We need to create strong networks specifically aimed at inspiring women by this kind of experience sharing. The study conducted by WPL and Harvard University’s John F. Kennedy School of Government suggests that personal factors are key determinants of how actively individual women legislators engage with social media. 

With this in mind, WPL continues to organise social media training sessions at WPL conferences in order to assist female politicians make the most of these powerful and influential communication tools, both at election time and when in office. Women Political Leaders’ social media channels also provide an effective way of sharing best approaches and suggesting responses to online abuse. 

Campaigning

Campaigns can also be effective in affirming women’s right to be active on social media without fear of abuse. The #DigitalRespect4Her campaign launched by the European Commission is important to raise awareness. Public and online campaigns can help get out the message that cyber violence is pervasive – but that it can be overcome. This approach will help women politicians respond robustly to online violence and, in turn, become more active in defending their online freedom of expression. 

Launch of the #DigitalRespect4Her Campaign
© European Union 2019 - Source : EP

We must ensure that the internet is not a “chilling space that permits anonymous cruelty and facilitates harmful acts towards women and girls”, as Phumzile Mlambo-Ngcuka, Executive Director of UN Women and Under-Secretary-General of the United Nations, has put it. 

However, only 26% of law enforcement agencies in the 86 countries surveyed by the UN study are taking appropriate action, while one in every five female internet users live in countries where harassment and abuse of women online is extremely unlikely to be punished.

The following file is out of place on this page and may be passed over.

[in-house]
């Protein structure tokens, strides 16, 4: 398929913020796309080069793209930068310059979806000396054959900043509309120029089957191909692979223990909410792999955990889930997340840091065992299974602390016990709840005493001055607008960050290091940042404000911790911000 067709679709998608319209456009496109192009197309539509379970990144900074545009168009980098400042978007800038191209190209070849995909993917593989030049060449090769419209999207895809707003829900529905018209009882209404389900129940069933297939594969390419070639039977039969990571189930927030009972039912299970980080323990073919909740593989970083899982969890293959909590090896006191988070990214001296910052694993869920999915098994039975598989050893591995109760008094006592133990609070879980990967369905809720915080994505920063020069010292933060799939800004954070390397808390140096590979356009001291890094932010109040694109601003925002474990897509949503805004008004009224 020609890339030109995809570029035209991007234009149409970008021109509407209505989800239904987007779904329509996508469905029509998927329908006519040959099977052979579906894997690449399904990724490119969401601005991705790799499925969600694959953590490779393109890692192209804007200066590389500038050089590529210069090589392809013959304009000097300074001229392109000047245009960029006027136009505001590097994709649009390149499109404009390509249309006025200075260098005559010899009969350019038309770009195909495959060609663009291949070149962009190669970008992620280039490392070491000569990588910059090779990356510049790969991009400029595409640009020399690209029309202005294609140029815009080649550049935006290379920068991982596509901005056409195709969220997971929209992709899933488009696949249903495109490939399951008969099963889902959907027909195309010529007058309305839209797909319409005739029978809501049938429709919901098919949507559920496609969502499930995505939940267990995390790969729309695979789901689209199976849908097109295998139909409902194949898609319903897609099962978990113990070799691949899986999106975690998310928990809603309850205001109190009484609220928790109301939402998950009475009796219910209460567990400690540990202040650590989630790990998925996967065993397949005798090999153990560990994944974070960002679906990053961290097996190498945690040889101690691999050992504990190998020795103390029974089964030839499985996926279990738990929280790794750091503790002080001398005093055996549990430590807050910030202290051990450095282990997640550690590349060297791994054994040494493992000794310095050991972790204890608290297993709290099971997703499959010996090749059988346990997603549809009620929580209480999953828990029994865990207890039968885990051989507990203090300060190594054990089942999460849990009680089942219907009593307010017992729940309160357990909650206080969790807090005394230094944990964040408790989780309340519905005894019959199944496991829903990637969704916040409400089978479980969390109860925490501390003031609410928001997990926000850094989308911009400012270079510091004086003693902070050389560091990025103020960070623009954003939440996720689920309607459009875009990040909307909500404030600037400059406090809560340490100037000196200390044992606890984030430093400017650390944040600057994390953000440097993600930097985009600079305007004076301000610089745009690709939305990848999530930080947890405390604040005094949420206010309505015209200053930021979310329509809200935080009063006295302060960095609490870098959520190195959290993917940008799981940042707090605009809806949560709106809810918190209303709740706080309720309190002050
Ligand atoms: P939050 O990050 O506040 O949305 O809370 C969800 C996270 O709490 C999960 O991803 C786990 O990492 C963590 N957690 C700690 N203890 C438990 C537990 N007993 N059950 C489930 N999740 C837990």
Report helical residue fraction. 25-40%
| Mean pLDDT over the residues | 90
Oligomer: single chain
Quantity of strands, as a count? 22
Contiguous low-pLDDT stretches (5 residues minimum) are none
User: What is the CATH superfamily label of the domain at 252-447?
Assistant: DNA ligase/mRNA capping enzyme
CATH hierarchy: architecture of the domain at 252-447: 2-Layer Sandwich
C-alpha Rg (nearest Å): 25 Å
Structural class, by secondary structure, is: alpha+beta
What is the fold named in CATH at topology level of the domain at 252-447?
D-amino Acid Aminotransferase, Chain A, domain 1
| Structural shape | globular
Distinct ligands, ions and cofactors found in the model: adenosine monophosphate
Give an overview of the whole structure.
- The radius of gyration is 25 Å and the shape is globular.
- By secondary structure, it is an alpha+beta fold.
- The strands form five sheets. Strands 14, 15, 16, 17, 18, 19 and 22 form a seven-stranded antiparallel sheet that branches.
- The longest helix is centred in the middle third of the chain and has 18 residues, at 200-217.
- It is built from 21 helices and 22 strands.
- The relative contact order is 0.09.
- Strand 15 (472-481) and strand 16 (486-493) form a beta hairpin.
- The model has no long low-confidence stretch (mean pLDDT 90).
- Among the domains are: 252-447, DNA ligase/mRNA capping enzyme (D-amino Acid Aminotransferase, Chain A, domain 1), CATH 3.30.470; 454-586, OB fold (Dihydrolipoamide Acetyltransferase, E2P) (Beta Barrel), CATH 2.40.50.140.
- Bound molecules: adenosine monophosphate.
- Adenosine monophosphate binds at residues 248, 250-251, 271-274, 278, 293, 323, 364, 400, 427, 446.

So let's not shy away from taking action to fix the problem. Let’s make the world wide web safe for women so that they can take their rightful place in society and in politics.  

  • Can women political leaders who succeed in responding to cyber violence act as role models?
  • How can communities of knowledge inspire women to respond to cyber violence?

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Related Topics

Gender Equality
Digital Inclusion

Banner image: Icons8 team on Unsplash

Silvana Koch-Mehrin

Founder and President, Women Political Leaders

Silvana is the President and Founder of the Women Political Leaders (WPL), the worldwide network of female Politicians. WPL is an independent, non-partisan and not-for-profit foundation. Its mission is increase the number and influence of women in political leadership. Silvana is a former Vice-President of the European Parliament (2009-2011) and a former MEP (2004-2014). She served in the committees on budget, on trade and on gender equality. Before her time in politics she founded and ran a public affairs consultancy in Brussels, which later merged with a larger US firm. In addition to her work for WPL, Silvana acts as Senior Advisor to EY Ernst & Young, Senior Policy Advisor to gplus europe, and provides guidance on EU regulatory issues to a range of companies and governments. She is a regular speaker at institutions such as the UN, OECD, World Bank and other international fora. With her three kids and their Irish father she lives in Brussels, Belgium.